For all the critiques I’ve ever read of ID cards (or more accurately, an identity database), I always find myself asking one question at the end. Are you against them because:
- it simply can never be done securely?
- the technology isn’t there yet?
- you just don’t trust the current government?
- you just don’t trust any government?
- you just don’t trust anyone?
I don’t pretend to know enough about the ugly back-end technology (as described in this Dizzy Thinks post) to form much of an opinion on points 1 and 2. But I wonder if the majority of opposition doesn’t come down to options 3, 4 or 5.
Better service in the modern world comes down to the exchange of electronic data. Think of that every time you don’t spend 5 minutes waiting at the checkout while someone writes a cheque. Or every time you order from Amazon. I can’t believe it isn’t possible to do this properly in the public sector too.
6 thoughts on “The problem with ID cards?”
Slight problem here, you’re assuming that the private sector does it properly. People like Amazon are subject to regular PCI Visa audits and the like, and even then there is nothing in that that could stop them being compromised at their weakest point.
The fact is though, the information that will be held on the ID register is so unique that actually it threatens the security of your identity. Think about it like this, when your bank account gets compromised you get a new one. If your PIN is compromised you get a new one. If however your biometric data is compromised you can’t just get new ones.
The next problem is the assumption that biometric data cannot be fraudulently presented by someone and never will be able to. It’s nonsense, the movie Gattaca of all things is a brilliant example of how there will be means and ways of usurping a world in which DNA becomes the primary identifier of self.
I always find myself asking one question at the end: why do we need them at all?
Note to anyone who came here from [email protected]’s post. You should also read the piece I just published today, noting last week’s independent review of ID schemes. It makes a very good case for a stripped-down, free-of-charge ‘photo, chip & PIN’ approach… which, admittedly, the Home Office seems to have refused.
And they’ve always said ‘it will not be compulsory to carry a card.’ Isn’t their word good enough?
“And they’ve always said ‘it will not be compulsory to carry a card.’ Isn’t their word good enough?”
They’ve said no such thing. David Blunkett said right from the start that it wouldn’t matter that you didn’t carry a card because your biometrics would stand in place of the card (police would have scanners). The clear intention is that you can be identified by the authorities wherever there is an online access point to the National Identity Register. If it turns out that the biometrics aren’t up to it, then clearly it will be made compulsory to carry the card.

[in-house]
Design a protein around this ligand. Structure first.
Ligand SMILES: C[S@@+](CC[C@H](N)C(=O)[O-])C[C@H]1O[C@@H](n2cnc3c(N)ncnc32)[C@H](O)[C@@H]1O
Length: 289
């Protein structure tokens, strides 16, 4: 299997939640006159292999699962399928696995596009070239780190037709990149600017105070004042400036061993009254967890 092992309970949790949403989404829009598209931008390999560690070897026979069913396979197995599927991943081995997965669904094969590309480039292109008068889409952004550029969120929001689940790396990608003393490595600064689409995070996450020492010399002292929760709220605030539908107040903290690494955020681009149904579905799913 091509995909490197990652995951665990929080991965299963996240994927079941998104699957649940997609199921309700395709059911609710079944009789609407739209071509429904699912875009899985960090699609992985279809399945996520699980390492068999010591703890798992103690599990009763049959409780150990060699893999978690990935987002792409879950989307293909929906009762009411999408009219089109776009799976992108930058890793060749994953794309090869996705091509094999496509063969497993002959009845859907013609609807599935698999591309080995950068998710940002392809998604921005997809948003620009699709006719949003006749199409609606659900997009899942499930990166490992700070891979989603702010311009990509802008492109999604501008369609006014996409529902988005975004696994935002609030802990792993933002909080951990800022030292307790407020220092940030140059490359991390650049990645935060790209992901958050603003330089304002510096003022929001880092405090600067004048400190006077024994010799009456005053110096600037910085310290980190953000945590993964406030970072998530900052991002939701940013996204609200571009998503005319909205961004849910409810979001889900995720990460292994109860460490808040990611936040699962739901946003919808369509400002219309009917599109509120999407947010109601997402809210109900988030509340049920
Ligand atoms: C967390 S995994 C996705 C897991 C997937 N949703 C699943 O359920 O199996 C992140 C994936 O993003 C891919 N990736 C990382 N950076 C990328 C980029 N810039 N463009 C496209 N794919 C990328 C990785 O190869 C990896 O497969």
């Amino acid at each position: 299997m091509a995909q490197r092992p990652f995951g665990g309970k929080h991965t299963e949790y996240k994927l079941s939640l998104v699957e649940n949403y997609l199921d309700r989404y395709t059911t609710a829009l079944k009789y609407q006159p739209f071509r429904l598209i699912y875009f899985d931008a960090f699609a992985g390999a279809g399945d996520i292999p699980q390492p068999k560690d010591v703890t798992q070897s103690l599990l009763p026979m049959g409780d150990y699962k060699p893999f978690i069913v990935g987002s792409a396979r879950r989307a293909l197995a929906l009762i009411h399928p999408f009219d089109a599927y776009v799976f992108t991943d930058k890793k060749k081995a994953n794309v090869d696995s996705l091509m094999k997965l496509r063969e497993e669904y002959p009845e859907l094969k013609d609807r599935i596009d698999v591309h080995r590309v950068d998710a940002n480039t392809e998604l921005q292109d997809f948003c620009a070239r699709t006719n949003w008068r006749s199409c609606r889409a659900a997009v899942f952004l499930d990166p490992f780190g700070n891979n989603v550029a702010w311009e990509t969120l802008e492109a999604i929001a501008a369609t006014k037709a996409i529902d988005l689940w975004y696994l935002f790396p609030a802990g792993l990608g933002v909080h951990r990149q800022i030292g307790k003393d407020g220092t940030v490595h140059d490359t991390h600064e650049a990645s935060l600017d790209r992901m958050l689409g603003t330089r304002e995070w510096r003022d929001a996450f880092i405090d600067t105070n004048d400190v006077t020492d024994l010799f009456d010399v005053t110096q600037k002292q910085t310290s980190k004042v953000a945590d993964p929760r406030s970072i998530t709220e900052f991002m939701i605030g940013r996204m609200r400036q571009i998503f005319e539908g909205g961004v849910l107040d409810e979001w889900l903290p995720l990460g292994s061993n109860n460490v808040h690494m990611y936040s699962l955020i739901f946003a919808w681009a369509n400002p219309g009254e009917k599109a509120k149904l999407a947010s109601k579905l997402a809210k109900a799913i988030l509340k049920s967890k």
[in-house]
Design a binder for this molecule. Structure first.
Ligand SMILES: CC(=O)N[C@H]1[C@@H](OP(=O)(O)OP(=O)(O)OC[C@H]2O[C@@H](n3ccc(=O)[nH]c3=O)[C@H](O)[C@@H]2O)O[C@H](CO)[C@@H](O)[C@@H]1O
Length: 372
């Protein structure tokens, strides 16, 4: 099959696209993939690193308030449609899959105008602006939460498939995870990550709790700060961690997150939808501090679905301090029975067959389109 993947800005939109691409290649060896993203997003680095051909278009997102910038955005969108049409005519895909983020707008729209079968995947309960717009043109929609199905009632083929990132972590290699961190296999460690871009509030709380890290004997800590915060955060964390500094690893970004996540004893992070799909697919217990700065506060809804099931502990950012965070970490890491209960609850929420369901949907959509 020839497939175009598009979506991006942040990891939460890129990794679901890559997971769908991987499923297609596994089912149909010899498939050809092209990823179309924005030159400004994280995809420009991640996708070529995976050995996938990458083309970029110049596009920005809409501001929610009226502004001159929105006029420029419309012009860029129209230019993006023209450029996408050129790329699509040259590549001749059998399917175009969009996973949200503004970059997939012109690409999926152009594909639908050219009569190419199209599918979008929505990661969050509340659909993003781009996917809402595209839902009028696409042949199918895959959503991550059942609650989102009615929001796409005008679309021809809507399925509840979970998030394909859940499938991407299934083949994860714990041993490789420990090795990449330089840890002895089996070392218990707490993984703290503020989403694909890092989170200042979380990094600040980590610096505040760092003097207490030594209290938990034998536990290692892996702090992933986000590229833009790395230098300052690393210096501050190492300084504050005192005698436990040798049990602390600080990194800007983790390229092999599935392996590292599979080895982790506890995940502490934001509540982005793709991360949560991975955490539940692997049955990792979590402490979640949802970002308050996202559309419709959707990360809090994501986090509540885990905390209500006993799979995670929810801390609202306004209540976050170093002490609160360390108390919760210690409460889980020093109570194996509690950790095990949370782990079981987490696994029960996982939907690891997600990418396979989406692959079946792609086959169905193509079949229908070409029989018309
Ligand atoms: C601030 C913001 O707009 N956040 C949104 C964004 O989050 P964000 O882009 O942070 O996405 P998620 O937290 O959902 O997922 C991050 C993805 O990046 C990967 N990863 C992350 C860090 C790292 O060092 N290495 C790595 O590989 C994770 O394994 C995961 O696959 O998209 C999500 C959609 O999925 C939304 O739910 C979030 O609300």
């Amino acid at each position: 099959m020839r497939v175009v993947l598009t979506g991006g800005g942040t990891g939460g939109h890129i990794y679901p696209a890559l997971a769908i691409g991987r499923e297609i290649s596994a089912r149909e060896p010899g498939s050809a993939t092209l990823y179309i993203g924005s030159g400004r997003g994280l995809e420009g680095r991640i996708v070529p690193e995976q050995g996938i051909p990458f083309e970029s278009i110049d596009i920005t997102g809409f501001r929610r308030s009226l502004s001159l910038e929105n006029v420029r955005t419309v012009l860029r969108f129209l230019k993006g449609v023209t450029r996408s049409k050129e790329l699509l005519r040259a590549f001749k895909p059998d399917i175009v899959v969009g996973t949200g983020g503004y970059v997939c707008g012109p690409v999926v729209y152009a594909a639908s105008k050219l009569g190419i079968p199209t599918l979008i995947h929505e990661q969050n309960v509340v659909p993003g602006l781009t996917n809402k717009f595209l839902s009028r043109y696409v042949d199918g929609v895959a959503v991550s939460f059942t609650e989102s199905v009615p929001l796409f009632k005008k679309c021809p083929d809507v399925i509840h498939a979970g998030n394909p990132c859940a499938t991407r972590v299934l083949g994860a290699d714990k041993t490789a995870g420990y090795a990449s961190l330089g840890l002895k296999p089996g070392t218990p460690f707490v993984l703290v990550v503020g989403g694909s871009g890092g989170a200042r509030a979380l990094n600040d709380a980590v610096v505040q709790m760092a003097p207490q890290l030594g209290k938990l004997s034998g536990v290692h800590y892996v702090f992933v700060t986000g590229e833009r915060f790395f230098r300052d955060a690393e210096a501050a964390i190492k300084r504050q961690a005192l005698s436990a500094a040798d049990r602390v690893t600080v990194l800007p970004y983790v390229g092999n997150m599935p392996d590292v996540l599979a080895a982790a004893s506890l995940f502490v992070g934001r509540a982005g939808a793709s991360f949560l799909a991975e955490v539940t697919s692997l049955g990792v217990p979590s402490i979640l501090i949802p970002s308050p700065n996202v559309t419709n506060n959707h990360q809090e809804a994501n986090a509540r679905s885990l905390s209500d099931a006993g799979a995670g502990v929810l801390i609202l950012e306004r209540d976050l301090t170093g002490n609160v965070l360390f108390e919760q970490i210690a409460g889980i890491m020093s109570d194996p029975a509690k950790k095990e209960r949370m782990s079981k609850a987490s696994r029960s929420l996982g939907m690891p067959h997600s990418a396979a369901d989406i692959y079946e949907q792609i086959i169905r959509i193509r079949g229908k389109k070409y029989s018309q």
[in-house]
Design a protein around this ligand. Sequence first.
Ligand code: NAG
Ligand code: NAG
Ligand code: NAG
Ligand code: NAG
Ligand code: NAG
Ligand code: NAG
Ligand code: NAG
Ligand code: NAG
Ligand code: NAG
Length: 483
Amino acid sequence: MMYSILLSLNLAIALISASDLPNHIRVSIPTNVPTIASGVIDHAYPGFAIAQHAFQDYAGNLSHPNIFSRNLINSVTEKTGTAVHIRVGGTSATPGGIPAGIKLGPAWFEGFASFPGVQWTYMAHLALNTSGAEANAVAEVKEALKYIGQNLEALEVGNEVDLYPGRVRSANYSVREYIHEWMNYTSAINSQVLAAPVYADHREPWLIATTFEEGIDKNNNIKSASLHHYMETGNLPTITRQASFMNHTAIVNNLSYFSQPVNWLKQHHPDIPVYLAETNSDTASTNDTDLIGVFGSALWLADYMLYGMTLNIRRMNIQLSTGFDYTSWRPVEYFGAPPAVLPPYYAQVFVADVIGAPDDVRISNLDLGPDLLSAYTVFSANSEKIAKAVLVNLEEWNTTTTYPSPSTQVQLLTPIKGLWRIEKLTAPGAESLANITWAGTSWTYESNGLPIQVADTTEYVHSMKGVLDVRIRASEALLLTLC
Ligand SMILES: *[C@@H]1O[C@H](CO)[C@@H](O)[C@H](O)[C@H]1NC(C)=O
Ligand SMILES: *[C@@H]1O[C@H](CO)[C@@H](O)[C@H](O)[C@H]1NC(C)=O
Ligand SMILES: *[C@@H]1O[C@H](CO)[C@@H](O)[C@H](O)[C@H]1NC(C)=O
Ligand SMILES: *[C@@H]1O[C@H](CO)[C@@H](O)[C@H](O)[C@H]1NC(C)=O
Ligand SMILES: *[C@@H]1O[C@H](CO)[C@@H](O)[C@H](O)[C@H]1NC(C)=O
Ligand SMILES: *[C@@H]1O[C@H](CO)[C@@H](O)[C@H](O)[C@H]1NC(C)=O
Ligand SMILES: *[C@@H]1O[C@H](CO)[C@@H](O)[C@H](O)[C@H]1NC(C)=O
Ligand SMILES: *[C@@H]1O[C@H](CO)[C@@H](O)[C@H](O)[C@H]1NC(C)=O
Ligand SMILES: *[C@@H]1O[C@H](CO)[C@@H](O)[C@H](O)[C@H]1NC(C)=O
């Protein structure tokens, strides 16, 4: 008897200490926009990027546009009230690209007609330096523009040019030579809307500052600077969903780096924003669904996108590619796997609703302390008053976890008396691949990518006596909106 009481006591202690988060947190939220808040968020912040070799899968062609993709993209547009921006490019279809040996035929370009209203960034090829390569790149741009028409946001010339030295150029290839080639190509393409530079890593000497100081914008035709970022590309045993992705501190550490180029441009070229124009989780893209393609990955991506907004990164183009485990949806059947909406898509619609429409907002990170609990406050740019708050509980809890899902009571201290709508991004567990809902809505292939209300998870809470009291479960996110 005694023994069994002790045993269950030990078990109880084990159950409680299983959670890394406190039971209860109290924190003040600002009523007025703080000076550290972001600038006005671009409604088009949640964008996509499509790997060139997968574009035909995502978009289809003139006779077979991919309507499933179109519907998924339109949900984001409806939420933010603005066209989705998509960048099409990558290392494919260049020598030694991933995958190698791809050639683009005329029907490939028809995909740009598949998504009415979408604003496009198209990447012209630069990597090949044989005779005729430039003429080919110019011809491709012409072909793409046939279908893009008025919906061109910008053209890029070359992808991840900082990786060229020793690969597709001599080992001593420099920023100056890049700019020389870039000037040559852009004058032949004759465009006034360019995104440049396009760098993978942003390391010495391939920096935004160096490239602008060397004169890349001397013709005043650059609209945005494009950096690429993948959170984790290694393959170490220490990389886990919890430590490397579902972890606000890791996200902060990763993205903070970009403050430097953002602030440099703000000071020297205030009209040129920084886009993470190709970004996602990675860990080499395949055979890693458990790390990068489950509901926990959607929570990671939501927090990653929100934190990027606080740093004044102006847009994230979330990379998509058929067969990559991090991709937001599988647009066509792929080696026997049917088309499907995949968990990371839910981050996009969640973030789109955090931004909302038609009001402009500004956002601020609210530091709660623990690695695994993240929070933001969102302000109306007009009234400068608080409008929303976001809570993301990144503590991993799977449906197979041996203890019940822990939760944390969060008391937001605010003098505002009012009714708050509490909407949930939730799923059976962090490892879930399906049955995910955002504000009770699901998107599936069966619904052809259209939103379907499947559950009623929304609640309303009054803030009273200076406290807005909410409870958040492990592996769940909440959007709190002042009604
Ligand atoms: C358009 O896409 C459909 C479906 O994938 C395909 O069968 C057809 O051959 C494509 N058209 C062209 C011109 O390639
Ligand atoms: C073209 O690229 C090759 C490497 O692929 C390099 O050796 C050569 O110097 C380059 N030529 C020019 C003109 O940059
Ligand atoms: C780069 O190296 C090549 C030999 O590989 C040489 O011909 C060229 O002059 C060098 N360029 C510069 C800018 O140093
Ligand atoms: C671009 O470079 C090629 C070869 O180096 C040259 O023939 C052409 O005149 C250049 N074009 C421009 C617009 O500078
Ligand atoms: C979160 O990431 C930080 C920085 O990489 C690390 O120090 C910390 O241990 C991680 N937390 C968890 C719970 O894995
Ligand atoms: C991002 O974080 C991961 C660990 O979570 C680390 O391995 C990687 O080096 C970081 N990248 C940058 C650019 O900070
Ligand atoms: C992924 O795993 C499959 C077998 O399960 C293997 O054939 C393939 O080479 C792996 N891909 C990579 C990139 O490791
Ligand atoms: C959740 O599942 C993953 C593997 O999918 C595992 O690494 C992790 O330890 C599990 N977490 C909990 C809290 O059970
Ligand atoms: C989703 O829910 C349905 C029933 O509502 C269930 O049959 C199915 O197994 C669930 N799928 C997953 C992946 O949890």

“If however your biometric data is compromised you can’t just get new ones.”(dizzy)
I am a little behind the times I guess. So someone humour me, how can one have their biometric data compromised?
Surely, in this case, Dizzy is referring to having the data substituted. If so, where will the data be substituted?
In the enrolment database unlikely though not impossible, or on a fraudulent card chip more likely but again, not an activity to be carried out without some degree of specialism.
If so, which data will be compromised?
The photograph, fingerprints or the iris data, perhaps all of it
I think I need it spelling out to me how someone will be able to take their biometrics and associate it with my personal details. If, that is, I take the earliest opportunity to register my biometrics and have them verified.
The system will then surely reject any other person who claims to be me without the need for any biometric data, simply because my details are already in the database.
Ah! I hear you say, what if someone got their first with my name, date of birth, mother’s maiden name, NI number, place of birth, copy of my birth certificate along with a newly acquired passport and driving license a and… a photograph signed by two verifiable professional members of society such as a doctor, solicitor or bank manager.
Well then, I am stymied…or am I. We shall see, I think a wife and an employer might swing it in the case of me being arrested and questioned.
Please, someone tell me what is all the fuss about, and who is leading the furore. Not the 59% of those questioned who said yes to ID cards, not the 3% who don’t know I will wager, possibly the 14% who have no strong feelings either way are the stirrers. No, I think 1 in 5 people who have a disagreeable disposition towards ID cards have other interests, which are in some cases self-seeking. I further suggest that not all 17% who do disagree do so in the best interest of their fellow citizens.
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